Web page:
11. Why should we not be abusive in our speech, even when others are unkind to us?
11 It is true that other people may not apply this fine counsel from God’s Word in their dealings with us. Despite our sincere motives, we may at times find ourselves the object of their abuse. What will we do then? The Bible counsels: “Do not let yourself be conquered by the evil, but keep conquering the evil with the good.” (Romans 12:17-21; 1 Peter 2:21-23) Continued kindness on our part may in time soften their attitude and bring out their better qualities. Whatever their reaction, when we continue to display kindness, we show that we uphold God’s way of ruling, which is based on love.
Overcoming Racial, National, Social Prejudice
12, 13. How does the Bible help a person to eliminate any feelings of racial, national, or social prejudice?
12 An individual who has real love is not influenced by race, skin color, nationality, or social status. Why not? Because he appreciates the Bible truth that “[God] made out of one man every nation of men.” (Acts 17:26) All humans are therefore related. No race is inherently superior to another.
13 No one has any reason to boast because of his ancestry, race, color, nationality, or station in life. “All have sinned and fall short of the glory of God.” (Romans 3:23) Therefore everyone is dependent on the ransom sacrifice of Christ. And the Bible shows that those who will be spared through the coming “great tribulation” come from “all nations and tribes and peoples and tongues.”—Revelation 7:9, 14-17.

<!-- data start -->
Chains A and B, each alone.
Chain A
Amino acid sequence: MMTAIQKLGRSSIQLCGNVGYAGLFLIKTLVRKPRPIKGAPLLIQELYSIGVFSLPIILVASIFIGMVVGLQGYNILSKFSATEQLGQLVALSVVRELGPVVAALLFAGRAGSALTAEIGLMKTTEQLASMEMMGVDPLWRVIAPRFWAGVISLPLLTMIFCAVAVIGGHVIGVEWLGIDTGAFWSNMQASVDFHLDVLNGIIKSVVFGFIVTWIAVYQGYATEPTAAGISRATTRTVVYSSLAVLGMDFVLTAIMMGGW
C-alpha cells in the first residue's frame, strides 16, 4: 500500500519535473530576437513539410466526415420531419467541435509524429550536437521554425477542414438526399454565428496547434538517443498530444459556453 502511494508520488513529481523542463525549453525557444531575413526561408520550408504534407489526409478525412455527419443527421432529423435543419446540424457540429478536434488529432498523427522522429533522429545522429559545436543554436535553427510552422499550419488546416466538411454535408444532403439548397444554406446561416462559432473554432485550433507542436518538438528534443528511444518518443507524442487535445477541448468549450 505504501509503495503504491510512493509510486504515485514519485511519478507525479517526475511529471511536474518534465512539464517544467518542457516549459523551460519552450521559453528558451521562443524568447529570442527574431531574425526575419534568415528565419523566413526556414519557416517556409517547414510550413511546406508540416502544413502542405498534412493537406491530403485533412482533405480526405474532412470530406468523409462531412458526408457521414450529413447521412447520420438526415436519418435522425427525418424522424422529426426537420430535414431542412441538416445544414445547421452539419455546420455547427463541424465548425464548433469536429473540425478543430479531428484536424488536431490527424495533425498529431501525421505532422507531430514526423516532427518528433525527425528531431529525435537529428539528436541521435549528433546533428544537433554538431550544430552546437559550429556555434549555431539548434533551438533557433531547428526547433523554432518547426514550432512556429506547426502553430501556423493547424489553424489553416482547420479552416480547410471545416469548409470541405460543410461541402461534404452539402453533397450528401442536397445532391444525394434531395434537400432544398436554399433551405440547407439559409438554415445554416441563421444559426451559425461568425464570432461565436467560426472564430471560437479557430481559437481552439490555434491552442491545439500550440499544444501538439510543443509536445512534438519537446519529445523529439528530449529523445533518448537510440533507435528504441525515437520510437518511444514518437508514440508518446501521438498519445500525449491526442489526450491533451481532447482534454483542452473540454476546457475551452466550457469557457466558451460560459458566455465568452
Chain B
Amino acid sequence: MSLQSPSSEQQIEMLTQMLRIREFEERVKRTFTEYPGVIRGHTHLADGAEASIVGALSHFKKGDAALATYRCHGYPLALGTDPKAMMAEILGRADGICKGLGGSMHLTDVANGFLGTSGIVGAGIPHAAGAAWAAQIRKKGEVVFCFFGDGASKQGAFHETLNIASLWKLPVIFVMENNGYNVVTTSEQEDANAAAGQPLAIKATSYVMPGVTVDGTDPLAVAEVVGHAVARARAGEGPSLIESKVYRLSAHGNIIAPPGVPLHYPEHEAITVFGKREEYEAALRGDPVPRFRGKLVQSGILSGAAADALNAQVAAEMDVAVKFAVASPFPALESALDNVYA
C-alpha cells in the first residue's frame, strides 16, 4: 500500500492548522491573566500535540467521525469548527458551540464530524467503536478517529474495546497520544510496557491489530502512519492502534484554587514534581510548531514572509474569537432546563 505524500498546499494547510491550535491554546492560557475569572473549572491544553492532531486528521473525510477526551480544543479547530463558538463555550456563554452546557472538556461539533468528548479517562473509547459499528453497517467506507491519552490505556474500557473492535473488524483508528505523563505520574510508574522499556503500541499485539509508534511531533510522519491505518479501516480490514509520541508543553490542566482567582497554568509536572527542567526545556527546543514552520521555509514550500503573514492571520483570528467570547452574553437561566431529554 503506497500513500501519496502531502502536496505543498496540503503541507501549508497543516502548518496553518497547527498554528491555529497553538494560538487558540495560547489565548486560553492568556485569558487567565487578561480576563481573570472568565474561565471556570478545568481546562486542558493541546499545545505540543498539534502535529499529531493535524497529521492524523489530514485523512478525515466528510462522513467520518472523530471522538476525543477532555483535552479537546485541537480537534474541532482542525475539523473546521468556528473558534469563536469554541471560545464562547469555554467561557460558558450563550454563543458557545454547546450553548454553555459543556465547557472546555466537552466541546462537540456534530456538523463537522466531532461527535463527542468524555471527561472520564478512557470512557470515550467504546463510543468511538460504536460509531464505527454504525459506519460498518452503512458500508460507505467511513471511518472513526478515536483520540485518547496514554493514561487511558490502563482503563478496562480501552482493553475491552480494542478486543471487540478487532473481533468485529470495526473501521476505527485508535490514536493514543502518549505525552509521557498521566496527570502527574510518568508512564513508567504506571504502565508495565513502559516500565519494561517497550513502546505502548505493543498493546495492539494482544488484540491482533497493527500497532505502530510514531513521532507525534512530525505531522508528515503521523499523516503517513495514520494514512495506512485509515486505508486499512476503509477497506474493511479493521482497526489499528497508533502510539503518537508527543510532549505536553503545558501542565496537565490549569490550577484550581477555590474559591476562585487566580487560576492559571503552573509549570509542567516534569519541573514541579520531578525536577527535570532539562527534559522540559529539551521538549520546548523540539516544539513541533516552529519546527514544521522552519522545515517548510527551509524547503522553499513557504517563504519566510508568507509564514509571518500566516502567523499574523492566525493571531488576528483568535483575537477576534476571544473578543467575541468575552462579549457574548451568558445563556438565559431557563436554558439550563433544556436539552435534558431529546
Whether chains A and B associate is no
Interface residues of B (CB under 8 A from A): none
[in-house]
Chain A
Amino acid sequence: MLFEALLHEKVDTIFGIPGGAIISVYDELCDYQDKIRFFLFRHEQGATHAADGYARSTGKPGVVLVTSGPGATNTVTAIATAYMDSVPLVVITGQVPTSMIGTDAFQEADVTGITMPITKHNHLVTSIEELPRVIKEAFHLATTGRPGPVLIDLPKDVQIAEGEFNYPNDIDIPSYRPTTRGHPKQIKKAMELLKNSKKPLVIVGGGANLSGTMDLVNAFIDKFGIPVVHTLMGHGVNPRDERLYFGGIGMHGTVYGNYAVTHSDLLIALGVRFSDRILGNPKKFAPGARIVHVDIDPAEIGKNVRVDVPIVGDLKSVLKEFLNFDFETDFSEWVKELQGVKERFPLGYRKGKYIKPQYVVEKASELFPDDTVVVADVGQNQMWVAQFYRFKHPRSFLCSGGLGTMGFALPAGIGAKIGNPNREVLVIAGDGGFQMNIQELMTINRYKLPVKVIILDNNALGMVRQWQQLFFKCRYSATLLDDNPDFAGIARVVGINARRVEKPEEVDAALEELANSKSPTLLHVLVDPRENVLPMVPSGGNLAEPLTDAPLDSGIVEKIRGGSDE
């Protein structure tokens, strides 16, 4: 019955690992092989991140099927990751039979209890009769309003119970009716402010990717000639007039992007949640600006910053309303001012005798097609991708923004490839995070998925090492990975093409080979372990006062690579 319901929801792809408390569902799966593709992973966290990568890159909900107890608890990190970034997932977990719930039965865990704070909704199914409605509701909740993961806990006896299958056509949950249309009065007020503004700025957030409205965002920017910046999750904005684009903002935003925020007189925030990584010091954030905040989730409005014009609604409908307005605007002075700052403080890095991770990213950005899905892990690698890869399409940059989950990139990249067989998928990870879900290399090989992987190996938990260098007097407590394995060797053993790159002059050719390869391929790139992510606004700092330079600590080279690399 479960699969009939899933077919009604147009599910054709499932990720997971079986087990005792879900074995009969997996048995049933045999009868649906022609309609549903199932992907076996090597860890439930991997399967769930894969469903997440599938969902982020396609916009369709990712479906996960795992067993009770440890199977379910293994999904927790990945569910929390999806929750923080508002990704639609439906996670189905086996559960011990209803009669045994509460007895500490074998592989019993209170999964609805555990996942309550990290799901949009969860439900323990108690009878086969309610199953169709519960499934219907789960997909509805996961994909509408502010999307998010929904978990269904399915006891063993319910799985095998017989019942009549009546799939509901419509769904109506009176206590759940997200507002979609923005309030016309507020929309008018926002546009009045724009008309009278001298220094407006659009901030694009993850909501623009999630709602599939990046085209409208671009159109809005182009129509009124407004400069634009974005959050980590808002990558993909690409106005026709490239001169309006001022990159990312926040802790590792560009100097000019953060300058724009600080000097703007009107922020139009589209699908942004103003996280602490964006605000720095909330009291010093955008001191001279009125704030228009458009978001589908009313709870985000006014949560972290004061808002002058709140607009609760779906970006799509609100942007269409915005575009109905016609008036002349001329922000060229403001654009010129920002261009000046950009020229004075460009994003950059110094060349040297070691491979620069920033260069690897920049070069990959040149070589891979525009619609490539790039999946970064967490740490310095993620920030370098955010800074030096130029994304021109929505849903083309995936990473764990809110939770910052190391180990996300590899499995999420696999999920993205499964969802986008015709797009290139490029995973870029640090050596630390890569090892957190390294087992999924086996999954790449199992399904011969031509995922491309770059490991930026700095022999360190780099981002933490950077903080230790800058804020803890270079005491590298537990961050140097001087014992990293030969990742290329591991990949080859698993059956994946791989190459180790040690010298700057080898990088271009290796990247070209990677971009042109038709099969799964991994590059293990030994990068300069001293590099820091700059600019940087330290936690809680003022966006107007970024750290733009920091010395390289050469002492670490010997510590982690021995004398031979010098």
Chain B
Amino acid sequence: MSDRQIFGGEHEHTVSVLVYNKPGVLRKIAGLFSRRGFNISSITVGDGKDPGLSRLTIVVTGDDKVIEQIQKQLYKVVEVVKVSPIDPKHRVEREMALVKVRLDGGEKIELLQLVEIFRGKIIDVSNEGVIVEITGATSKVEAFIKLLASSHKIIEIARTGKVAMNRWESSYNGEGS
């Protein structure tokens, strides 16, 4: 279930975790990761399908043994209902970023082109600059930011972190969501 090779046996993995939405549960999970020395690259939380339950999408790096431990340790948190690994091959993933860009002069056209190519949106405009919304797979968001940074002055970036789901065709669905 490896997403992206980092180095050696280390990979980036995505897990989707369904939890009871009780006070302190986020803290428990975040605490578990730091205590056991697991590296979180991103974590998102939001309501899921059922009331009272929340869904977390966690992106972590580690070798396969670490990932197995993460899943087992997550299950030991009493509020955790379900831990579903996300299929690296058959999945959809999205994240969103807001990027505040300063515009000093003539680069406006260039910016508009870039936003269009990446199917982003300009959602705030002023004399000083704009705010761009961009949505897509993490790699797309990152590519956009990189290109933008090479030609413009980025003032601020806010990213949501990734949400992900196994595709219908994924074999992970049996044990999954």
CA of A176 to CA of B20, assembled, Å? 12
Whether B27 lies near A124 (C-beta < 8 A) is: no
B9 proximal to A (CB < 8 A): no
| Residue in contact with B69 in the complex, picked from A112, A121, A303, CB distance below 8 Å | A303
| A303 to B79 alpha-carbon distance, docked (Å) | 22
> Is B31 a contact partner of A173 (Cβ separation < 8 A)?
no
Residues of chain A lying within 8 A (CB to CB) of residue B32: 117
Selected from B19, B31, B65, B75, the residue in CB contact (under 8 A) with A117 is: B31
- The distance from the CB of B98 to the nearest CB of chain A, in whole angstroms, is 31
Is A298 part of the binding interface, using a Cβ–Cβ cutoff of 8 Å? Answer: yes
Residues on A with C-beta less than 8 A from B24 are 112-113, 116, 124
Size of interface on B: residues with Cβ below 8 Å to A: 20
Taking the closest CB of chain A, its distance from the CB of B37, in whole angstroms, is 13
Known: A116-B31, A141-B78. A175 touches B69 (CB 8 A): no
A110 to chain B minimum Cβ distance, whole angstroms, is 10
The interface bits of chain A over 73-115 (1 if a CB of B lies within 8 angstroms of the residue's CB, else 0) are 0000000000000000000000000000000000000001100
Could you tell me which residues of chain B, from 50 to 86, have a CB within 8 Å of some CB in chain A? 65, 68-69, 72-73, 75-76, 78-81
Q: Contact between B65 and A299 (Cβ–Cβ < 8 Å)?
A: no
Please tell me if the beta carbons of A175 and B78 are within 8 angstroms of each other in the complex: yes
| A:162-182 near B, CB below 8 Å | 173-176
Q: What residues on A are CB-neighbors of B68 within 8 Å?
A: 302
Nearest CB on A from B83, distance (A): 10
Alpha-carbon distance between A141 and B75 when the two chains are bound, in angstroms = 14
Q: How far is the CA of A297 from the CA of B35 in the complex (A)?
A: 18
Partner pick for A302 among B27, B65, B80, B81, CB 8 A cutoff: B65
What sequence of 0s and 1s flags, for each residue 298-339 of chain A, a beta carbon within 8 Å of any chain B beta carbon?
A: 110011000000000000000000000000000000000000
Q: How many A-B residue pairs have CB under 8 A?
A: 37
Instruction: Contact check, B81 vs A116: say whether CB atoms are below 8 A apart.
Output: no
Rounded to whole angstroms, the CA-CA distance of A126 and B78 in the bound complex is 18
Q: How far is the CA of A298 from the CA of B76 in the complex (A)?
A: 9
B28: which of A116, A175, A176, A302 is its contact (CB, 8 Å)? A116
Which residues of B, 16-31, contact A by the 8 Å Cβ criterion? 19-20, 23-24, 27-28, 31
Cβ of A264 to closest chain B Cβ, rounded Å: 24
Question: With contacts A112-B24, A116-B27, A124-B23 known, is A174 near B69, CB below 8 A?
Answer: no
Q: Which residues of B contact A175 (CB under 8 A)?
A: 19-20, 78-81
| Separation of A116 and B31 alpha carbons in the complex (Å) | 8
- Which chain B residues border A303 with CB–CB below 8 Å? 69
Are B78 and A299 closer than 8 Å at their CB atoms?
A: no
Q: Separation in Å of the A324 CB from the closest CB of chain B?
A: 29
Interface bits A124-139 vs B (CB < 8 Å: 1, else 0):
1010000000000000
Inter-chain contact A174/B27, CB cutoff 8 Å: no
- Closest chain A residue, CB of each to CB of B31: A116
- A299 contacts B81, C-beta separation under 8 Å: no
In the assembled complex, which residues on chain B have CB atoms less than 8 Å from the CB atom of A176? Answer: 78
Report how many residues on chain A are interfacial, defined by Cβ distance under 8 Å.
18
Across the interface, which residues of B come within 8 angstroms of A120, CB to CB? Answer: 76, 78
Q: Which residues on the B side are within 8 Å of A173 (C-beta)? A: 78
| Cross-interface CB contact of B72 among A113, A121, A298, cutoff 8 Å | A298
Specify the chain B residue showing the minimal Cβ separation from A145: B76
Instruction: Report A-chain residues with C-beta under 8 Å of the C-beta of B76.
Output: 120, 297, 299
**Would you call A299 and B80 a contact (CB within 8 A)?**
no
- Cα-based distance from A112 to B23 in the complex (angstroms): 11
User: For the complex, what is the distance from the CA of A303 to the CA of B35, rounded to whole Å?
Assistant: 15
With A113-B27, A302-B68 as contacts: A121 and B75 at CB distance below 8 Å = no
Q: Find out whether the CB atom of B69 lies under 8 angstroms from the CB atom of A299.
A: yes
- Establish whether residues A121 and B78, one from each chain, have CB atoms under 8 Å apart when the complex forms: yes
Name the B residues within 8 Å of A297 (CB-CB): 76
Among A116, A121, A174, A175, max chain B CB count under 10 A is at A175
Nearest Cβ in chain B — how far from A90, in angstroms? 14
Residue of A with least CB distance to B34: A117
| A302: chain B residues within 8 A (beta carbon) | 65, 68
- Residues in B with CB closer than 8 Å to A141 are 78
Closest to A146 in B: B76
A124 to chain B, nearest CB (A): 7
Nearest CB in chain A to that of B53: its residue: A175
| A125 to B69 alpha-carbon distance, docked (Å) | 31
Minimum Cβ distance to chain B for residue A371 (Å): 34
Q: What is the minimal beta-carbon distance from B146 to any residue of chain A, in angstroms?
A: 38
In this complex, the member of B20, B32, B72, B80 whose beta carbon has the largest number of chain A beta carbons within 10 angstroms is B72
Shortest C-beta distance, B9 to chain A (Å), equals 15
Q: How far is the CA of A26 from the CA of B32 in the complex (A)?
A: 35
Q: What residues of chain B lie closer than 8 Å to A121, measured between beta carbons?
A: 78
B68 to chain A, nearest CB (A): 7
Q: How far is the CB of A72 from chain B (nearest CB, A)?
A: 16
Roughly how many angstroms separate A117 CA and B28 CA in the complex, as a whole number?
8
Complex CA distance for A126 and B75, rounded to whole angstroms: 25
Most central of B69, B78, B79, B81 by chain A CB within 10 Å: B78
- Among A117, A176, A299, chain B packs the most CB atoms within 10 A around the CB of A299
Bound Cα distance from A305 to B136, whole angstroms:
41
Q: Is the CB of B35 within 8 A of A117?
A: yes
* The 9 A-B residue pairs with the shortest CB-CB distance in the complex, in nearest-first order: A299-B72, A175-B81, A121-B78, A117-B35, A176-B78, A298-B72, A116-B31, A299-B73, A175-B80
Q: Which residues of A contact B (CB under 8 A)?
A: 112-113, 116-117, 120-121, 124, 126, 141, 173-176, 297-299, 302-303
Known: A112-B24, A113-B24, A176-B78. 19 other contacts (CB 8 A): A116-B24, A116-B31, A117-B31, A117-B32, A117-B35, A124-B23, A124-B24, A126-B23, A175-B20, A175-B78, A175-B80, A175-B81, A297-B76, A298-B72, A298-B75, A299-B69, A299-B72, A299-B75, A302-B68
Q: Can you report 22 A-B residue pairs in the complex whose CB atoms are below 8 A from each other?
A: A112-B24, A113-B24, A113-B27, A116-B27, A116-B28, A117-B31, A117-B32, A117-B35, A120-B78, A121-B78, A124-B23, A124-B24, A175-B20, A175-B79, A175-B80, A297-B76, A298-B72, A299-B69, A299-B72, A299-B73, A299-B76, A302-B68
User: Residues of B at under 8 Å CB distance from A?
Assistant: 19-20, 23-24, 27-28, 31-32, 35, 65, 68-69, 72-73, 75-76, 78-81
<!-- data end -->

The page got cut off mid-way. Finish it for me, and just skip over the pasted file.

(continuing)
14. Why is a bad personal experience not a valid basis for prejudice against people of a certain race or nationality?
14 Attempting to justify his prejudice, a person may call to mind a bad experience that he had with someone of a certain race or nationality. But was everyone of that race or nationality involved in the wrongdoing? And have not people of one’s own race or nationality been guilty of the very same thing? If we hope to live in God’s peaceful New Order, we need to clean out of our hearts any pride that tends to alienate us from other people.
15. If a person’s comments about race or nationality were to stumble a fellow believer, how would this affect his own standing before God and Christ?
15 What is in our hearts sooner or later comes out of our mouths. As Christ Jesus said: “Out of the heart’s abundance [the] mouth speaks.” (Luke 6:45) What if remarks reflecting prejudice were to stumble someone who was showing interest in Jehovah’s organization? The matter is so serious that Jesus warned: “Whoever stumbles one of these little ones that believe, it would be finer for him if a millstone such as is turned by an ass were put around his neck and he were actually pitched into the sea.”—Mark 9:42.
16. How did Jesus indicate the impartiality we should show other people?
16 Christians are obligated to show a loving interest in others regardless of their race, nationality, or station in life. (James 2:1-9) As Jesus urged: “When you spread a feast, invite poor people, crippled, lame, blind; and you will be happy, because they have nothing with which to repay you.” (Luke 14:13, 14) By taking this kind of caring interest in other people, we reflect the loving qualities of our heavenly Father.
Loving Concern for the Eternal Welfare of Others
17. (a) What is the most valuable thing that we can share with others? (b) Why should we feel moved to do so?